Gui­tar Hero Live

PS4, Xbox One

EDGE - - GAMES - Pub­lisher Ac­tivi­sion De­vel­oper Freestyle Games For­mat PS4 (version tested), Xbox One Release Out now

Just ten years af­ter the se­ries’ in­cep­tion, its ti­tle fi­nally fits. What’s changed? Your per­spec­tive, shift­ing from some spec­tral boom arm loi­ter­ing just off­stage to stand­ing on the boards and look­ing out onto a crowd of thou­sands. Ini­tially at least, this also con­vinc­ingly in­stils a lit­tle of the stage fright that must come with fac­ing down so many ex­pec­tant bod­ies. In the ab­sence of a full ensem­ble of plas­tic-in­stru­ment-wield­ing friends, it’s the next clos­est thing to feel­ing like you’re play­ing in a real band, but Gui­tar Hero Live’s jaw-drop­pingly clever film work has been built in ser­vice of plac­ing you, and you alone, cen­tre stage.

Play well and the crowd – along with your dig­i­tal band­mates – will prove an en­cour­ag­ing in­flu­ence. Fum­ble too many notes thanks to your sweaty, ner­vous hands and you’ll in­cite the dis­ap­proval of a bay­ing, pro­jec­tile-hurl­ing crowd. Even full wa­ter bot­tles don’t sting as keenly as your drum­mer re­fus­ing to make eye con­tact and shak­ing his head in ab­ject dis­ap­point­ment, though. The tran­si­tion be­tween th­ese ex­tremes is masked with a quick, though hardly sub­tle, cam­era blur, which can oc­ca­sion­ally throw up some jar­ring changes of heart from those around you. It’s easy to win the fans back if lost – es­pe­cially if you ac­ti­vate Hero Power, Live’s take on Star Power, ei­ther by tilt­ing the gui­tar or reach­ing for an awk­wardly placed but­ton. That ten­dency to flip-flop, how­ever, means you’ll face some ex­tremely fickle crowds while ac­cli­ma­tis­ing to the new setup.

There’s vari­ance in bands’ per­for­mances, too, al­though great care has gone into en­sur­ing each mem­ber cor­rectly mimes ev­ery note, beat and word of the song you’re play­ing. The ef­fect is a stun­ning up­grade over the fuzzier in­ter­pre­ta­tions of the polyg­o­nal mar­i­onettes that fronted ear­lier Gui­tar Hero en­tries, but de­pend­ing on where you fall in the spec­trum of reg­u­lar gig at­tendee to reg­u­lar X-Fac­tor viewer, the cast’s prac­tised ex­per­tise is some­what un­der­mined by an ex­cess of earnest en­thu­si­asm, which makes it all feel a lit­tle sani­tised. Not all of the per­form­ers are a nat­u­ral fit for the songs they belt out ei­ther, and you’ll reg­u­larly be ex­posed to the kind of cringe-in­duc­ing back­stage pep talks we imag­ine some teenage pop singers hap­pily sub­mit to be­fore grad­u­at­ing to a ca­reer of drug-fu­elled In­sta­gram nu­dity. But while events and per­for­mances might not al­ways ring true, this drama-school take on tour­ing life is cer­tainly no more cheesy than some­body leap­ing around their liv­ing room with a plas­tic gui­tar stung around their neck.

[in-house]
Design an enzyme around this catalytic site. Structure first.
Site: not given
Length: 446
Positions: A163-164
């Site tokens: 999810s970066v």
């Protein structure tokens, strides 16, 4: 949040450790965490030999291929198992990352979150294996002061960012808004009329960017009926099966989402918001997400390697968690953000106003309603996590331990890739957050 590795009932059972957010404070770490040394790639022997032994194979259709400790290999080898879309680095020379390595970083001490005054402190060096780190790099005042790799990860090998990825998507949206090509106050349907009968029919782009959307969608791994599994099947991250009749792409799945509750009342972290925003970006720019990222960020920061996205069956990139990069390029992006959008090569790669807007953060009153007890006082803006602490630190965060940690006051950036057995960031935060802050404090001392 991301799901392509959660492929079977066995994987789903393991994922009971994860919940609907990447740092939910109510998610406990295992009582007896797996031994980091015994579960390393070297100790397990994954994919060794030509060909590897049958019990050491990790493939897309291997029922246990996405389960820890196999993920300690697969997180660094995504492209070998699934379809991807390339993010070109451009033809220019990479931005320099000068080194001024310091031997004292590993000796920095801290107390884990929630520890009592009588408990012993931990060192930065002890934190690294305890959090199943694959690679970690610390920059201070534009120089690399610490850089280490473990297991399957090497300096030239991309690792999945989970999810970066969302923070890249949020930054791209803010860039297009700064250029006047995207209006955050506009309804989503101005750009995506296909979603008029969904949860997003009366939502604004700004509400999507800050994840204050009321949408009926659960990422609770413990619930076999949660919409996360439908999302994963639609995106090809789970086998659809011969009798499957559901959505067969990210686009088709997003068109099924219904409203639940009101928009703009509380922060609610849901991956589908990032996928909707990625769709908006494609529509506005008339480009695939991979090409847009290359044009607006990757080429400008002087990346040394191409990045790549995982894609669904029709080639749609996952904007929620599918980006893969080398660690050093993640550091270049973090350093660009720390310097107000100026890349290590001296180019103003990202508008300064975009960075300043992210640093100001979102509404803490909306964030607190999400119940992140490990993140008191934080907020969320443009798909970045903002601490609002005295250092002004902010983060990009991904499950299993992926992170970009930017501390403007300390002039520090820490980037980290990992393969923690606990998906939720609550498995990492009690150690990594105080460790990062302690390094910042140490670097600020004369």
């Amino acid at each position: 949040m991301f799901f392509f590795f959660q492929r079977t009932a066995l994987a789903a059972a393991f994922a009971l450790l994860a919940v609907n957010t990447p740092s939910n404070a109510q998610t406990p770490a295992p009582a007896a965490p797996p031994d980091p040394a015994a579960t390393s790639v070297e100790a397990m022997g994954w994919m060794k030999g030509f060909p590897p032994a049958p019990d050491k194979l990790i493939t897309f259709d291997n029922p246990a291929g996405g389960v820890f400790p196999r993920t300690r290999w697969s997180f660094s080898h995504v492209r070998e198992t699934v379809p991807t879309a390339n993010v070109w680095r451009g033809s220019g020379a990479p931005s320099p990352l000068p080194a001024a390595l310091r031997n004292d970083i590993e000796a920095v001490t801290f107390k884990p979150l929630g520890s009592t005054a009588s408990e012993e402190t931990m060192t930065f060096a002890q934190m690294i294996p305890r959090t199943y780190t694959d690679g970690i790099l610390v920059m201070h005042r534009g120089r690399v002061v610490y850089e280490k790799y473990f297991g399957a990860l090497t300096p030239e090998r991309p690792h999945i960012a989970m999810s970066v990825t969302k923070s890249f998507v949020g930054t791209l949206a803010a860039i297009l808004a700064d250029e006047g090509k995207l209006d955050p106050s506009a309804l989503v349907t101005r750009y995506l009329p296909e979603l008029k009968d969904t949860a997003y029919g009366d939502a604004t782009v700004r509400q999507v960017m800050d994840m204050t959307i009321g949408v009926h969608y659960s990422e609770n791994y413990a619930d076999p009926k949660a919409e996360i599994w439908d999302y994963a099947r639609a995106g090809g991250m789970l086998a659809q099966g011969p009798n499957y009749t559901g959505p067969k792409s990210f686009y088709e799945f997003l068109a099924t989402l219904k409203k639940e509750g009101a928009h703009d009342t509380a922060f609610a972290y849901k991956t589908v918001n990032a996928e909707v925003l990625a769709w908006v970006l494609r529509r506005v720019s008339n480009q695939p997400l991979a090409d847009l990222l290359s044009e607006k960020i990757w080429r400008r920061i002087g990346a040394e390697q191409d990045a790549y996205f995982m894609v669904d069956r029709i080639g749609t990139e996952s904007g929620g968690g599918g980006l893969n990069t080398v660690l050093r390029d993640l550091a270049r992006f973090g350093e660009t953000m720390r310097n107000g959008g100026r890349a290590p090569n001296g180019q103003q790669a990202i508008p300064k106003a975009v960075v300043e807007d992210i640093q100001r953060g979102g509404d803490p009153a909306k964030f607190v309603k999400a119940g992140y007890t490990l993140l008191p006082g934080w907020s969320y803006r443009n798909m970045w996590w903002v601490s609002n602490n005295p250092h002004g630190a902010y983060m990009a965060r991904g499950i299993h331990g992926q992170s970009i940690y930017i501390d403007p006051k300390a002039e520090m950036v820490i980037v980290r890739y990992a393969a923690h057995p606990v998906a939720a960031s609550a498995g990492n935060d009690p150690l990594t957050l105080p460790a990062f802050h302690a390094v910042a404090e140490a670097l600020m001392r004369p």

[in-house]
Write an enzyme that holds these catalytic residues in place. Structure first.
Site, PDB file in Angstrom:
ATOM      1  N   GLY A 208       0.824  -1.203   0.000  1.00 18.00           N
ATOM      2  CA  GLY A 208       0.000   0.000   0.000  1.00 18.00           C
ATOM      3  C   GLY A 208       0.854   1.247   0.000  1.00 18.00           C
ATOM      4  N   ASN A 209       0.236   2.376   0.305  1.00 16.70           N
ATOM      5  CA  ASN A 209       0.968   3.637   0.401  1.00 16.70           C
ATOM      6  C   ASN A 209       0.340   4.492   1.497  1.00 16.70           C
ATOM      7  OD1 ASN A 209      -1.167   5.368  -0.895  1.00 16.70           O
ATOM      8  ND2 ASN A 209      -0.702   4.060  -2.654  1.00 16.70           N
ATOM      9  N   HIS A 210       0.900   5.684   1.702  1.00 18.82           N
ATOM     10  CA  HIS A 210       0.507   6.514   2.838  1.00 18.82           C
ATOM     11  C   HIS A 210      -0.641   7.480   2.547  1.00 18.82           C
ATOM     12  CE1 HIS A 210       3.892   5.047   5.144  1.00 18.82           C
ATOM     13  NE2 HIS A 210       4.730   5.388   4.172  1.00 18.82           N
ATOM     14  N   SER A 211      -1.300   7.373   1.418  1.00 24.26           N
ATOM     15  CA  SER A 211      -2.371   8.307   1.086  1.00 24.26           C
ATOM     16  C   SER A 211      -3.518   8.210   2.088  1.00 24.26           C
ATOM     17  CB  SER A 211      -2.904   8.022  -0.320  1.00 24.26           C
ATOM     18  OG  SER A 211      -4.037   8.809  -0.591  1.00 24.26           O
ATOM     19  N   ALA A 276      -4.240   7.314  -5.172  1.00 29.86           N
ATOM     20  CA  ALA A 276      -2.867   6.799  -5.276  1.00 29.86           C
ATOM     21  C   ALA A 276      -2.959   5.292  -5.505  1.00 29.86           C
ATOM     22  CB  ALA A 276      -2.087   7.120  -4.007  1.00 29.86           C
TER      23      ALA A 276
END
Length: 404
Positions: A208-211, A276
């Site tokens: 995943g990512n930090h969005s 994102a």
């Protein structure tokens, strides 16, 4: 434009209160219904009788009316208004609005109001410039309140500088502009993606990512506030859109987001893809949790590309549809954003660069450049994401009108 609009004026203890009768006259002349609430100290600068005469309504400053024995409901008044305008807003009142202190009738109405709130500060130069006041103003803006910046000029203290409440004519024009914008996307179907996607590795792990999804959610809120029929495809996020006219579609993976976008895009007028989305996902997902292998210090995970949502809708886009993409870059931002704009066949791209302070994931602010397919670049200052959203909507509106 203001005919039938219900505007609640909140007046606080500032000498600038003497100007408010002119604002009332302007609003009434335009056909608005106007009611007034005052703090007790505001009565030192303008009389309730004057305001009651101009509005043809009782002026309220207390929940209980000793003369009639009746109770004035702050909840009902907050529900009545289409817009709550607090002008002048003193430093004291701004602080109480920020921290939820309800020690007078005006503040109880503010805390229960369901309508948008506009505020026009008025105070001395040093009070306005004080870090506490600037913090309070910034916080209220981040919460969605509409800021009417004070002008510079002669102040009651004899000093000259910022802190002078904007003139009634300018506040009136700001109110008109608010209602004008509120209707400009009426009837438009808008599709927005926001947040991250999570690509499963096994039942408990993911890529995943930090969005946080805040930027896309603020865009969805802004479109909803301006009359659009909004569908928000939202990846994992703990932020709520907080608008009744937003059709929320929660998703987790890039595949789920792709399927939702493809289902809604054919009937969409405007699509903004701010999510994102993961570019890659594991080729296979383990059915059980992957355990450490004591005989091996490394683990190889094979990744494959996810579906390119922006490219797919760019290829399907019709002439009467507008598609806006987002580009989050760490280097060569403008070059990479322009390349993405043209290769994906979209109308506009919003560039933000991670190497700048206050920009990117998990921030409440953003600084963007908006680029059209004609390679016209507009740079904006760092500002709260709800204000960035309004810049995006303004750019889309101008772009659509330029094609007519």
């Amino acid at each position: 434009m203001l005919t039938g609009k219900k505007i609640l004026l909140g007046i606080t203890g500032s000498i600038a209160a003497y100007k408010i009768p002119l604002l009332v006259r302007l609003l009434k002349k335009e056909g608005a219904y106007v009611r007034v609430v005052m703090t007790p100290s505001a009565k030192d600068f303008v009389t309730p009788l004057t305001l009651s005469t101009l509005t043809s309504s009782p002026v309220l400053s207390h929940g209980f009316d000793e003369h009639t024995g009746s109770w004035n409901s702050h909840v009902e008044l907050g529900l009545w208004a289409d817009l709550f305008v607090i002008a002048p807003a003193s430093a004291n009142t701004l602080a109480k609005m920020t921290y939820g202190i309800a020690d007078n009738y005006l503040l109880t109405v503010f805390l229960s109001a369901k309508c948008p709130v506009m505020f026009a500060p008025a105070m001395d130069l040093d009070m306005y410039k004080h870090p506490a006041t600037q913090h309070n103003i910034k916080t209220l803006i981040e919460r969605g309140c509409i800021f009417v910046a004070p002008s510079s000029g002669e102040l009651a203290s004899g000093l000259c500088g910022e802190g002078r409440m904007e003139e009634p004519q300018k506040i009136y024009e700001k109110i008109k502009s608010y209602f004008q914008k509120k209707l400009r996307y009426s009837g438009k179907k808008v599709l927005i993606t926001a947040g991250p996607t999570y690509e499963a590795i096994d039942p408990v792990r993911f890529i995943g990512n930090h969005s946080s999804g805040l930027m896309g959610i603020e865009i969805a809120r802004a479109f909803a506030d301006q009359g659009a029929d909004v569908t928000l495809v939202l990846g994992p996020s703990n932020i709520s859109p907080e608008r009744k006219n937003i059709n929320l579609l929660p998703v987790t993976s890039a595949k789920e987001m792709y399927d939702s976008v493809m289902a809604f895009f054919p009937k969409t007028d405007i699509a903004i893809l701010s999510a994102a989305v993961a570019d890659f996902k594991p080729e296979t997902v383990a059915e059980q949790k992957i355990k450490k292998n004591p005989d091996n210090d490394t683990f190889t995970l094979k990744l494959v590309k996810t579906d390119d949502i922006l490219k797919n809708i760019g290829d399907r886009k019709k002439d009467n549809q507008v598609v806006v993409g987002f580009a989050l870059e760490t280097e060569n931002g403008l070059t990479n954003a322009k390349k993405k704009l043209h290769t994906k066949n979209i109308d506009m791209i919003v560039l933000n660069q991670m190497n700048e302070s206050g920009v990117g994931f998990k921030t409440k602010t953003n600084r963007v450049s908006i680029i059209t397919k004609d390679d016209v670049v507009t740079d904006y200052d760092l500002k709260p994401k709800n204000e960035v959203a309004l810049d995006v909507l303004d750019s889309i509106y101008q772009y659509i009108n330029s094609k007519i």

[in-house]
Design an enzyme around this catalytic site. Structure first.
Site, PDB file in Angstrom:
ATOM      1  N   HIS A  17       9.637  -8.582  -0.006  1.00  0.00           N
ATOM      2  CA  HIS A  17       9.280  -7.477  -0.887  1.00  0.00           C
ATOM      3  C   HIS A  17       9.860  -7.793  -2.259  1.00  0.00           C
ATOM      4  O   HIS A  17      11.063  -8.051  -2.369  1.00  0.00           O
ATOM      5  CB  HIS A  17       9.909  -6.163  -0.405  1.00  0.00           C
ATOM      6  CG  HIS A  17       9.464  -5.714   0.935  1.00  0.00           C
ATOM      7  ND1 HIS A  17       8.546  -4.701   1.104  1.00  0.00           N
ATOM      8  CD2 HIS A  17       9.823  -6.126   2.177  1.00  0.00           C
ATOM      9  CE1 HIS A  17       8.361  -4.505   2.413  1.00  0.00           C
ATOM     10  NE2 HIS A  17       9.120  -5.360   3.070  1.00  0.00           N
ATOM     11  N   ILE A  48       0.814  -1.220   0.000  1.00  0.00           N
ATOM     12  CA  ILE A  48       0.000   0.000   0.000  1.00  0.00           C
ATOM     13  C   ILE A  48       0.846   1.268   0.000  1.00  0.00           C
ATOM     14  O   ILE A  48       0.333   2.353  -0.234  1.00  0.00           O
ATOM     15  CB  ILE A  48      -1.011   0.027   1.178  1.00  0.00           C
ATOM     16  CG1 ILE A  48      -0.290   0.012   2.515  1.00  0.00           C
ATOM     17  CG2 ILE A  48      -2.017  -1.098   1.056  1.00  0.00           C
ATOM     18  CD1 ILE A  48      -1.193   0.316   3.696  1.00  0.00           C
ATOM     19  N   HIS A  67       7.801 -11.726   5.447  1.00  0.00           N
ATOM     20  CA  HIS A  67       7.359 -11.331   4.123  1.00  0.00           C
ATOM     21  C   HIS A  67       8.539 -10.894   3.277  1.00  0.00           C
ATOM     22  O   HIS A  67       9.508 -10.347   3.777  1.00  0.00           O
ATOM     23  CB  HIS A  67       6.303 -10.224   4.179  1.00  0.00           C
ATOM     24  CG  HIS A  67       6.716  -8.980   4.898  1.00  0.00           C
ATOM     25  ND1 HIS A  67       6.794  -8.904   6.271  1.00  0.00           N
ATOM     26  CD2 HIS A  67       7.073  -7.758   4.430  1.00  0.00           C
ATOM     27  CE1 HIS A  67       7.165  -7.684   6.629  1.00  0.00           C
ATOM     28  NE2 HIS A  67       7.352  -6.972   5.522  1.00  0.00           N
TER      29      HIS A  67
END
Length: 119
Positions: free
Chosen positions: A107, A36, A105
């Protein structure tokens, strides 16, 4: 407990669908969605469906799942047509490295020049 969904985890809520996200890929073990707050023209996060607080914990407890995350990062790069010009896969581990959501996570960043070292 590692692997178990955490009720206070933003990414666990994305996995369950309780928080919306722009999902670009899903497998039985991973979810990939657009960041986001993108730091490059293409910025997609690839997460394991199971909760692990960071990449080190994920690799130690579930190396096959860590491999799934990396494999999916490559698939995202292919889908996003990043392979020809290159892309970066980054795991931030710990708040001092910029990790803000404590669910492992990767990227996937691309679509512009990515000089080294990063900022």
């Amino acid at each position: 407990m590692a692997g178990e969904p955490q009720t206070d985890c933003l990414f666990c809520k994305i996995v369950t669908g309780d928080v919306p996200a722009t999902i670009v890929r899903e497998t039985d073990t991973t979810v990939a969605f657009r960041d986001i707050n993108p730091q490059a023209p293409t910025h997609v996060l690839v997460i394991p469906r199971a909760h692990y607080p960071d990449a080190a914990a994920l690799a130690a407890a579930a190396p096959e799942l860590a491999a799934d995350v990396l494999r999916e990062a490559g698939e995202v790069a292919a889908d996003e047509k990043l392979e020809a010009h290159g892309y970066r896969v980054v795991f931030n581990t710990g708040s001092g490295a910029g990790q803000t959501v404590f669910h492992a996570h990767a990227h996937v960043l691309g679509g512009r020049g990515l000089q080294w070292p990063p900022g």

Not that you’ll have much time to an­a­lyse the cast’s act­ing chops while the mu­sic’s play­ing. De­spite the new first­per­son view­point, you spend most of your time with your at­ten­tion once again riv­eted on the fa­mil­iar note high­way at the cen­tre of the screen as it spools all man­ner of un­fa­mil­iar com­bi­na­tions to­wards you. All those new icons and for­ma­tions are a re­sult of Gui­tar Hero Live’s sec­ond big in­no­va­tion: a new gui­tar that ar­ranges six but­tons into two rows of three. The new de­sign en­sures that even in the mo­ments when you’re not con­vinced you’re at a real gig, you’ll feel like you’re play­ing some­thing akin to a real gui­tar. The six-but­ton ar­range­ment al­lows de­vel­oper FreeStyle a re­mark­able amount of vari­a­tion, making barre chords, power chords, ham­mer-ons and pull-offs feel pleas­ingly nat­u­ral to gui­tarists, and so­los par­tic­u­larly sat­is­fy­ing. The cost of this ad­vance is that Gui­tar Hero vets will have to re­learn their craft, but it also makes for a more nat­u­ral jump­ing-off point for any­one in­spired to pick up a real six-string af­ter play­ing the game. At its best, Gui­tar Hero Live’s re­designed pe­riph­eral will make you feel con­nected to the mu­sic in a way that a lin­ear five-but­ton setup can’t, and makes for a more mean­ing­ful dif­fi­culty curve as you progress from sim­ple strum­ming to just the lower three but­tons and then onto the game’s raft of new shapes. It’s hard to go back af­ter try­ing it, but the loud clack of the strum bar will make some play­ers wish they could splice in the new Rock Band gui­tar’s qui­eter guts. This more com­plex de­sign has pro­vided FreeStyle with a fresh chal­lenge when mark­ing up songs, too, and the ini­tial se­lec­tion of tracks feels in­con­sis­tent – at least on the stan­dard dif­fi­culty – when it comes to the level of chal­lenge on of­fer. Songs such as The Joy For­mi­da­ble’s Whirring or Bruno Mars’ Lazy present repet­i­tive, eas­ily aced pat­terns, while oth­ers chuck in daunt­ing dif­fi­culty spikes half­way through that feel more like Ad­vanced se­quences. Still oth­ers feel dis­con­nected from the mu­sic en­tirely – play­ing Bob Dy­lan’s Thun­der On The Moun­tain or Dis­turbed’s Down With The Sick­ness on Reg­u­lar dif­fi­culty feels like you’re fight­ing the mu­sic to fol­low a loosely re­lated on­screen tran­scrip­tion. Up­ping the dif­fi­culty to Ad­vanced in th­ese cases re­con­nects your fin­gers and the mu­sic, but the leap in com­plex­ity re­quires no small amount of ad­di­tional tal­ent. More wor­ry­ingly, we quite of­ten found the gui­tar line we were meant to be fol­low­ing was too low in the mix, oc­ca­sion­ally even in­audi­ble. Ask­ing a badtem­pered sound en­gi­neer to dial up your out­put in the mon­i­tor really has no part in the rock god fan­tasy.